Sterling rose on Wednesday after U.K. lawmakers rejected leaving the European Union without a withdrawal agreement.
The pound was up 2 percent against the dollar at $1.3339 as investors become more optimistic that a hard Brexit would be ruled out. That’s the biggest move since April 2017.
“Our base view — and the currency is telling you this — is we will get some form of resolution,” said KKR’s global head of macro and asset allocation Henry McVey on CNBC’s Closing Bell. “Clearly, there’s been slowing related to Brexit. The way we’re approaching it is this is going to be a slow-growing economy [with] low inflation.”
The rejection of a no-deal Brexit, passed with 312 votes to 278, set up another vote Thursday on whether its official departure date should be extended. The result was widely expected as most members of Parliament want to avoid the economic uncertainty and trade disruptions that it could cause.
“Parliament has made it clear that unless there is a deal, they are not ready to leave the EU. Sterling traders are in love with this concept and this pushed the price of Sterling higher against the dollar,” Naeem Aslam, chief market analyst at Think Markets UK, said in a note.
Sterling extended its rally this year, posting its biggest gain since April 18, 2017 when the sterling gained 2.19 percent against the dollar.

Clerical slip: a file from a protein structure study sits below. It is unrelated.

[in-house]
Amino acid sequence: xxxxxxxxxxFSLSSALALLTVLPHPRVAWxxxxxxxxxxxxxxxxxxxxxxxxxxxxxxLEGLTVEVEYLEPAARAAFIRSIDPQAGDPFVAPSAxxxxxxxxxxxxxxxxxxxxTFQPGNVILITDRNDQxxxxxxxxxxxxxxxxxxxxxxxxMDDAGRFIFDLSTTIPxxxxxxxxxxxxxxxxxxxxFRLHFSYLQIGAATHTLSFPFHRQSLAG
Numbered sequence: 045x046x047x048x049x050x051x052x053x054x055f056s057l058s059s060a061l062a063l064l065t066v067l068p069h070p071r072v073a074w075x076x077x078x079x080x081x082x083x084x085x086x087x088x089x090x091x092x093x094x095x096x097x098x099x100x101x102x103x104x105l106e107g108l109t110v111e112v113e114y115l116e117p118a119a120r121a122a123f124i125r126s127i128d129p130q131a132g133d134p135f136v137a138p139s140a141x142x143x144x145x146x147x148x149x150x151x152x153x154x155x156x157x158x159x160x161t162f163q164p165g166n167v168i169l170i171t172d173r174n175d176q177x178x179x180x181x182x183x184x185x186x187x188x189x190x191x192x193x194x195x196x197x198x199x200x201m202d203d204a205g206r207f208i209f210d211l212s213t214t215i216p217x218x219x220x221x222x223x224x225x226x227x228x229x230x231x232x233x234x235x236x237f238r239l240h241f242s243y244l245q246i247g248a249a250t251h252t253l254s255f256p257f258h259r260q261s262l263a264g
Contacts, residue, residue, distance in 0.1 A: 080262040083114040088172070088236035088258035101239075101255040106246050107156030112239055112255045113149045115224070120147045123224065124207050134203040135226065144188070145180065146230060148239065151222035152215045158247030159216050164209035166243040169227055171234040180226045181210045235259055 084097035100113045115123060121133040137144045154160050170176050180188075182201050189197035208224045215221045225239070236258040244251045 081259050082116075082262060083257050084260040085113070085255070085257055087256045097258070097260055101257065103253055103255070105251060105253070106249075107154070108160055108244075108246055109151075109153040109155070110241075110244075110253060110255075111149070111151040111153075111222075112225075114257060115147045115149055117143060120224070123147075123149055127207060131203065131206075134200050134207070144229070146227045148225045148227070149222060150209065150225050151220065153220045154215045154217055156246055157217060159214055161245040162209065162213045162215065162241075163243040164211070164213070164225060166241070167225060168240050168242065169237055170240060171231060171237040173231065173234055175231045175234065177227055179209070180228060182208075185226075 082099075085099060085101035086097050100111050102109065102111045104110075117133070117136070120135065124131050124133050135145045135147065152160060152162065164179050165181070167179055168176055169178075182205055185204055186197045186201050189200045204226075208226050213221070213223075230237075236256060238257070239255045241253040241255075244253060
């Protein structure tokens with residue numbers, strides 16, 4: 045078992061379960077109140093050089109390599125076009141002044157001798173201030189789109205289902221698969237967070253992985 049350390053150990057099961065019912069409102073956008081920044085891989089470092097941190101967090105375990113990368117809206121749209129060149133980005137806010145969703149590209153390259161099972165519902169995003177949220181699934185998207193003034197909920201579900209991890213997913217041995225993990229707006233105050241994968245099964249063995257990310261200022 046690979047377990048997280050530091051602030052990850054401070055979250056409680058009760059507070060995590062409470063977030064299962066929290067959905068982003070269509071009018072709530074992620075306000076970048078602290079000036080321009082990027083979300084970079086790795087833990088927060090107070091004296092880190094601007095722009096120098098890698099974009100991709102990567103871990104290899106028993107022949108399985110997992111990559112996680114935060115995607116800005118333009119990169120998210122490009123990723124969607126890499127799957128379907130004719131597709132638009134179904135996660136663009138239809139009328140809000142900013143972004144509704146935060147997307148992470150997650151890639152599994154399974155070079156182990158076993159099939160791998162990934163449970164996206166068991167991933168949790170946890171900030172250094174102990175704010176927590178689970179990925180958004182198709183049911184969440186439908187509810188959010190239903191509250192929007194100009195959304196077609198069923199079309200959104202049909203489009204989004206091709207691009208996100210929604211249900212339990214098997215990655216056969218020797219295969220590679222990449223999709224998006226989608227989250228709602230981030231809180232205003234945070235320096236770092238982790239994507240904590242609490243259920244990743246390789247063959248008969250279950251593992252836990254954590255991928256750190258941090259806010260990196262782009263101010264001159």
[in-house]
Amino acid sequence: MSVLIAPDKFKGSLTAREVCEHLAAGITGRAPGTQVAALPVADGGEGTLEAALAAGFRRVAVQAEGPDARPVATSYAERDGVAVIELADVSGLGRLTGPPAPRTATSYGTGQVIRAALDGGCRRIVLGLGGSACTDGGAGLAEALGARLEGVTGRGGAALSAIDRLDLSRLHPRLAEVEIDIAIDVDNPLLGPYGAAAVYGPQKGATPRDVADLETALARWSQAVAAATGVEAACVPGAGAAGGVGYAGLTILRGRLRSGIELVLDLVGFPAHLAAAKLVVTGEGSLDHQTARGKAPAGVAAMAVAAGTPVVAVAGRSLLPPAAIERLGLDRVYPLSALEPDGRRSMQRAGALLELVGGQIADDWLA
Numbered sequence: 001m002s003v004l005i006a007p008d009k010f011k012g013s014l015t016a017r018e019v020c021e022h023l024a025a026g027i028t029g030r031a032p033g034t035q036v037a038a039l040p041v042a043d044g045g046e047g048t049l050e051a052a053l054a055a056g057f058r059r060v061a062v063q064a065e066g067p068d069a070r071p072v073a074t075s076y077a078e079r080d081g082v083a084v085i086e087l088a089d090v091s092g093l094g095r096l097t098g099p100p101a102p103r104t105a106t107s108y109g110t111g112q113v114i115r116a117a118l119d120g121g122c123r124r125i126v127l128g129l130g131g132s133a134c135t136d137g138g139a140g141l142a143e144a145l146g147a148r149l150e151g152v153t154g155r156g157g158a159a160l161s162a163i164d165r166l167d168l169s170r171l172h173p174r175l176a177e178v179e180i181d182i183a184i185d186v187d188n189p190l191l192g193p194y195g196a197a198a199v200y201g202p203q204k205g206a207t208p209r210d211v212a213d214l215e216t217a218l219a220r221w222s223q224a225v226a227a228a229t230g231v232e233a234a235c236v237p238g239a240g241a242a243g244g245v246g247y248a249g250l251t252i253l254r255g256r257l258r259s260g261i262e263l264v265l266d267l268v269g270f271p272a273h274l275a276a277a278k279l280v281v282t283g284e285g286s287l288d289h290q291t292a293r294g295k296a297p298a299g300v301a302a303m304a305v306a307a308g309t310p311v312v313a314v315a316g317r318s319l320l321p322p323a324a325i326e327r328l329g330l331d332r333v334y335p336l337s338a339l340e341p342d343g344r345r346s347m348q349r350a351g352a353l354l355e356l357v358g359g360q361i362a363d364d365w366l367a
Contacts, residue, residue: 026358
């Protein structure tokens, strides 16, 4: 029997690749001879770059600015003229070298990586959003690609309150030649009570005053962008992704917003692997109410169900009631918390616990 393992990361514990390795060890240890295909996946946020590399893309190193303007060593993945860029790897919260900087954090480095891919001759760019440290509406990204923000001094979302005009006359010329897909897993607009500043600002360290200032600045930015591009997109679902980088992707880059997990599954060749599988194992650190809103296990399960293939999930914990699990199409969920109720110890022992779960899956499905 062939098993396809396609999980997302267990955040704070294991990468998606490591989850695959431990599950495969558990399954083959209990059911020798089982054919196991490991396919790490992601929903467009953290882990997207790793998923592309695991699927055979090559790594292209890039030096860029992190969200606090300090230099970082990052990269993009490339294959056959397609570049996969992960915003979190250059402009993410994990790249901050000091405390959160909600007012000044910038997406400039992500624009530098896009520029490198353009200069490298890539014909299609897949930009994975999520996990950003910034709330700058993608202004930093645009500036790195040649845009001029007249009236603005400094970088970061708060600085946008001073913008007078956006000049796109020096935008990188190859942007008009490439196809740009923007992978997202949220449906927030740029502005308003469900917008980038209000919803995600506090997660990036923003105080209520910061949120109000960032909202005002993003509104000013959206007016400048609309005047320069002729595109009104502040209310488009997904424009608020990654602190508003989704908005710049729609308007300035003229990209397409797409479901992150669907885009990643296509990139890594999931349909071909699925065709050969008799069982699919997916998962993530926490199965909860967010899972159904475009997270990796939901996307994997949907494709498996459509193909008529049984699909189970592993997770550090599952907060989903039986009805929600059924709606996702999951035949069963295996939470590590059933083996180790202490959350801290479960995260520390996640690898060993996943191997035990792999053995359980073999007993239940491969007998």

Infamously known as a “cliff-edge” Brexit, a no-deal exit would mean the U.K. abruptly ceases to be a member of the EU overnight on March 29. It would mean there would be no 21-month transition period in place to gently prepare for life outside the bloc it has belonged to for 46 years. It would also have to rely on WTO trading rules.
The vote was seen as part of some concessions given to Parliament by Prime Minister Theresa May a few weeks ago and was only confirmed Tuesday when MPs resoundingly rejected her Brexit withdrawal agreement for a second time.
MPs will now vote again Thursday evening on whether to seek an extension to Article 50 (which oversees the departure process) thus extending the departure date beyond March 29. The EU would have to agree to this and the U.K. would have to give a good reason for requesting the delay.
— With reporting from CNBC’s Holly Ellyatt and Fred Imbert